Returning to Maddieson’s ecological universals mentioned above, the need to produce recognizable distinguishable parts in a continuous stream is often viewed as conflict (or compromise) between the need for perceptual distinctiveness and the need for articulatory efficiency (see Lindblom et al. 1983 for elaboration of these ideas). Liljencrants and Lindblom (1972) modeled vowel categories as charged particles constrained to a realistic articulatory space. Through repulsion (i.e., the demand for perceptual distinctiveness) the vowels distribute themselves in the available space (i.e., as constrained by the demand for articulatory efficiency), resulting in configurations that are similar to common spoken language vowel inventories. Given a number of vowel phonemes (such as 5) the model provides a reasonable approximation of the phonetic qualities of the vowels (such as [i ɛ æ/a ɑ u]).

An alternative to the strictly ecological explanation is that the need for dispersedness is encoded in the grammar (Flemming, 2002, 2004), or that it is a consequence of phonological representations: Hall (2011) argues that dispersedness of phoneme inventories arises as a result of a bias toward constrastive features in phonological representations. Another instantiation of this representational approach is that phoneme inventories are limited to those that can be distinguished by a small set of universal distinctive features (Chomsky and Halle, 1968; Duanmu, 2016).

Lindblom and Maddieson (1988) showed that it is harder to predict consonant inventories from ecological constraints than to predict vowel inventories, but there are some common patterns, such as the fact that obstruents typically comprise about 70% of the consonant phonemes in a spoken language inventory, which they attribute to the nature of the regions of phonetic space where obstruents and sonorant consonants exist. Nevertheless, it is possible to identify a core set of consonants that are used in very many spoken languages. Bybee and Easterday (2022) observe that many non-basic consonants commonly arise by sound change from basic consonants, but that many of the basic consonants (/p t k b d g m n ŋ s l/) are rarely created by sound change, and they suggest that these consonants may have been present since the earliest spoken language.

3 Phonetic universals and modality

Although both signed and spoken languages are considered to have phonetics and phonology, many proposed universals and strong tendencies that have been reported in the literature are limited to spoken languages. Often this limitation is implicit. Any universals that apply to both signed and spoken languages have the potential to separate cognitive or ecological constraints from modality-specific factors, and so the existence of signed and spoken modalities provide an opportunity to distinguish modality-specific effects from modality-independent cognitive constraints (see also Sandler 2017).

In chapter 16 of the book Sign language and linguistic universals, Sandler and Lillo-Martin (2006) discuss the phonetic/phonological universals shared by signed and spoken languages. These include "a sublexical level of structure that is meaningless, discrete, finite, and systematically organized" (272). For all signed languages, this phonological level makes use of hand configuration and location, originally characterized by Stokoe (1960), as well as movement. Sandler and Lillo-Martin (2006) put forth prosodic structure as another modality-independent universal, as well as patterns involving articulatory features that cluster by articulator, reflecting the modality. A difference is that phonological structure tends to be simultaneous in signed languages but sequential in spoken language, and Sandler and Lillo-Martin (2006) argue that the proliferation of phonological rules in spoken language is due to the predominance of (rapid) sequential structure in spoken languages. For more discussion of mechanistic and ecological differences related to signed vs. spoken modality, see Meier et al. (2002).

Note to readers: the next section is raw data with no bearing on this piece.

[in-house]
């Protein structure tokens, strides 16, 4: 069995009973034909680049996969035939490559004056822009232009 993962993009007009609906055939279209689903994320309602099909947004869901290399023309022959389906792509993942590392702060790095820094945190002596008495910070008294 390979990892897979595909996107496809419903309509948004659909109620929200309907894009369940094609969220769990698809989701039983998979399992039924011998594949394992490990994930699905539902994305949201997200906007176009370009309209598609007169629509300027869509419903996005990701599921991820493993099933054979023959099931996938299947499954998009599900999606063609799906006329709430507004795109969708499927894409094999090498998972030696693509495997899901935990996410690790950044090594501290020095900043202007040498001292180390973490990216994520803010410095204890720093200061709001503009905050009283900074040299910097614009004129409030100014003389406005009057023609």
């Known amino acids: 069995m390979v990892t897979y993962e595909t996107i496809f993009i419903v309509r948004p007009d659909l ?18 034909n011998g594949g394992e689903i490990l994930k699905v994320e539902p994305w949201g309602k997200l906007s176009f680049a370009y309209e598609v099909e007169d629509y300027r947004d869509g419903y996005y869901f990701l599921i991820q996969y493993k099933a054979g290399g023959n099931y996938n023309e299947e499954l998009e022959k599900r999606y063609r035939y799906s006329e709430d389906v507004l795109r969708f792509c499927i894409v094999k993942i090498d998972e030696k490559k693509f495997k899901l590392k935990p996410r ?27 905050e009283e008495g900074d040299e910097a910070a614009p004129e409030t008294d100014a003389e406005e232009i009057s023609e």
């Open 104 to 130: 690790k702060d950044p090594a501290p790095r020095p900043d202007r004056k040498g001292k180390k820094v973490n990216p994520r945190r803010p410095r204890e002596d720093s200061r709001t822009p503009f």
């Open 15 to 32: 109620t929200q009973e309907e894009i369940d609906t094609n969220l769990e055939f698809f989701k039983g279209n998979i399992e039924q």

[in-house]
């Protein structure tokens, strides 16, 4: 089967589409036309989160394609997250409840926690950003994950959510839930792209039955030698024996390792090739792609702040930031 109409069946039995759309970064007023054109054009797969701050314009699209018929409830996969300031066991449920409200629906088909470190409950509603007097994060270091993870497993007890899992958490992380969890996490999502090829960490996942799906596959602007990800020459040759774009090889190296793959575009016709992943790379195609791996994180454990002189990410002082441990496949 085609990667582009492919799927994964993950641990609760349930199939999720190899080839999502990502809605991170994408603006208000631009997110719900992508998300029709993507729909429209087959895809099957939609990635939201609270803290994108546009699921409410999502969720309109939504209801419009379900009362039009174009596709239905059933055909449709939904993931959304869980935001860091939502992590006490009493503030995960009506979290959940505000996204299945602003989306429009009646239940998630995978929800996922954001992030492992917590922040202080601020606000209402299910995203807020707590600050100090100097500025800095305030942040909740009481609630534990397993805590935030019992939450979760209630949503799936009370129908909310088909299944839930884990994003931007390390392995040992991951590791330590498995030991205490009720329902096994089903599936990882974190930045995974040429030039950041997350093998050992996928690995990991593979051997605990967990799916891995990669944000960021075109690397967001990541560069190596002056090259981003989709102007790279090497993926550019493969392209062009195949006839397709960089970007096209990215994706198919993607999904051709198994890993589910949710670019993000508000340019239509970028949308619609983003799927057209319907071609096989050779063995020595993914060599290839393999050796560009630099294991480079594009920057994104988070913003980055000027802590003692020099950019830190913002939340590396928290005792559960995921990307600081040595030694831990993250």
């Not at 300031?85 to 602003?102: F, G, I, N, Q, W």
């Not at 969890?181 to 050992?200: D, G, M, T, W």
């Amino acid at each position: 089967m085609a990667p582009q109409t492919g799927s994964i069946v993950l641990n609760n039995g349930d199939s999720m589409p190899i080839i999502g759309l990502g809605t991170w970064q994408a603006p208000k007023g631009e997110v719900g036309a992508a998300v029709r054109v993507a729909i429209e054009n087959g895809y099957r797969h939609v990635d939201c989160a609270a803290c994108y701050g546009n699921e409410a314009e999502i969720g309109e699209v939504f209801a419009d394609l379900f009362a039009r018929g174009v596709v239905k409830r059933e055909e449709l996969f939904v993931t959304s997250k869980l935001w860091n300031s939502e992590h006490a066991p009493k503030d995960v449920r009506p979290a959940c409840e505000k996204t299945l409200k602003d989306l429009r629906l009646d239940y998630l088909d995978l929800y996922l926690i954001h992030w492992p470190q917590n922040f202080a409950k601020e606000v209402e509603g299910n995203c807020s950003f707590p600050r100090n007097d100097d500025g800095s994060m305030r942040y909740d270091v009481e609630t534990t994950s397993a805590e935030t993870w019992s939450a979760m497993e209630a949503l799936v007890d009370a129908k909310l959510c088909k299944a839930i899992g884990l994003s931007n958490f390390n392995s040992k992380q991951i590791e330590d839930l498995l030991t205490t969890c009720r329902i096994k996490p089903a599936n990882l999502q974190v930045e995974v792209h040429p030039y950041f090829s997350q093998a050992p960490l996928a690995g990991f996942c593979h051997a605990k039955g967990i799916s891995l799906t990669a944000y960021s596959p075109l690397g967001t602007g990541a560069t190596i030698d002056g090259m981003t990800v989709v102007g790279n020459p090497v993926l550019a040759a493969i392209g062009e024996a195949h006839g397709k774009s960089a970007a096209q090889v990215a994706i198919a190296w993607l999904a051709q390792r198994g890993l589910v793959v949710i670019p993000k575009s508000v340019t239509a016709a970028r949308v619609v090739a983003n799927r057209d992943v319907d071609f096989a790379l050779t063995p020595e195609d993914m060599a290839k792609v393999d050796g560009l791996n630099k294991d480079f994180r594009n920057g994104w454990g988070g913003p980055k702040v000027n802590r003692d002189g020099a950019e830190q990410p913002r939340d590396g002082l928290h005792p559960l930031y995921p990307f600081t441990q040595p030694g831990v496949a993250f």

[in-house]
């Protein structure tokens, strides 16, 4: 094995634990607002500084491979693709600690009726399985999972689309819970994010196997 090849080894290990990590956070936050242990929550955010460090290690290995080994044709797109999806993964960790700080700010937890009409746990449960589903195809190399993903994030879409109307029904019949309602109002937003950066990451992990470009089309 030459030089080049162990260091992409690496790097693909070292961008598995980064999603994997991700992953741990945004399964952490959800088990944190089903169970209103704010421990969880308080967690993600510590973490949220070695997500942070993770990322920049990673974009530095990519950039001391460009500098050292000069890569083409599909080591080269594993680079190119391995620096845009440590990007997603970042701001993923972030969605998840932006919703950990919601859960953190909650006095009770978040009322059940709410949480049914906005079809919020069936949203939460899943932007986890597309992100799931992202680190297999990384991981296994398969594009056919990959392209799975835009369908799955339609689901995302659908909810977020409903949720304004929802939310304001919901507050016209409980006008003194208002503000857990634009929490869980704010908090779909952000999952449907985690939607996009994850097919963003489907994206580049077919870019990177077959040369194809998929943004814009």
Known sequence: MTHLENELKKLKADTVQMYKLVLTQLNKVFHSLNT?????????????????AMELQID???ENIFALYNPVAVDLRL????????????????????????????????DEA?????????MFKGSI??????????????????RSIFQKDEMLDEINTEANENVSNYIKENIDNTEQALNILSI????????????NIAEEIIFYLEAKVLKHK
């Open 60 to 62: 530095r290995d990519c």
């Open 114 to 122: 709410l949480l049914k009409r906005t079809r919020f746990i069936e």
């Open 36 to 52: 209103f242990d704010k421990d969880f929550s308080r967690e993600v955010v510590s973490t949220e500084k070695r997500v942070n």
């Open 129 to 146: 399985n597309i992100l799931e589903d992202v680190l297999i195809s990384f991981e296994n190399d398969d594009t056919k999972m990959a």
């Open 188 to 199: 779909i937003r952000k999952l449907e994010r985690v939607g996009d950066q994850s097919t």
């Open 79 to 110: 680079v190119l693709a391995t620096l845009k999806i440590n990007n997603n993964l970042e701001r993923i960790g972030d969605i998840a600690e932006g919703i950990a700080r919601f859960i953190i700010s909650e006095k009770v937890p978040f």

4 Resources

The Konstanz Universals Archive (Plank, 2000) is a database of linguistic universals proposed in the literature (including many that have been falsified). Hyman (2008) commented on 487 of the proposed universals that he found to refer to phonology or phonetics. Other resources used to explore phonological universals of spoken language are the Lyon-Albuquerque phonological systems database (LAPSyd, Maddieson 2014), an inventory database that serves as the successor to UPSID, the inventory database PHOIBLE (Moran et al., 2014), and P-base (Mielke and Brohan, 2018), which is a database of phonological alternations and distributional restrictions. Databases for signed languages are SignPhon (Crasborn et al., 2001) and the Sign Language Analyses Database (SLAY, Tatman 2015).

There have been many conference sessions and books broadly focused on phonetic and/or phonological universals among spoken languages. These include Greenberg (1963), Greenberg (1966a), Greenberg (1978), which includes fourteen chapters by various authors all on various topics within phonetic and phonological universals, Mairal and Gil (2006), Butterworth et al. (1983), and the nine papers from a special session at the 9th International Congress of Phonetic Sciences (ICPhS) (see Ohala 1979).


Blevins, Juliette. 2004. Evolutionary Phonology. Cambridge: Cambridge University Press.

Booij, Geert E. 1983. Principles and parameters in prosodic phonology.

Butterworth, Brian, Bernard Comrie, and Östen Dahl, ed. 1983. Explanations for language universals. The Hague: Mouton.

Bybee, Joan, and Shelece Easterday. 2022. Primal consonants and the evolution of consonant inventories. Language Dynamics and Change 1:1–33.

Cahill, Mike. 2007. More universals of tone. Ms. SIL. Downloadable at:

Cho, Taehong, and Peter Ladefoged. 1999. Variation and universals in VOT: evidence from 18 languages. Journal of Phonetics 27:207–229.

Chodroff, Eleanor, Alessandra Golden, and Colin Wilson. 2019. Covariation of stop voice onset time across languages: Evidence for a universal constraint on phonetic realization. The Journal of the Acoustical Society of America 145:EL109–EL115.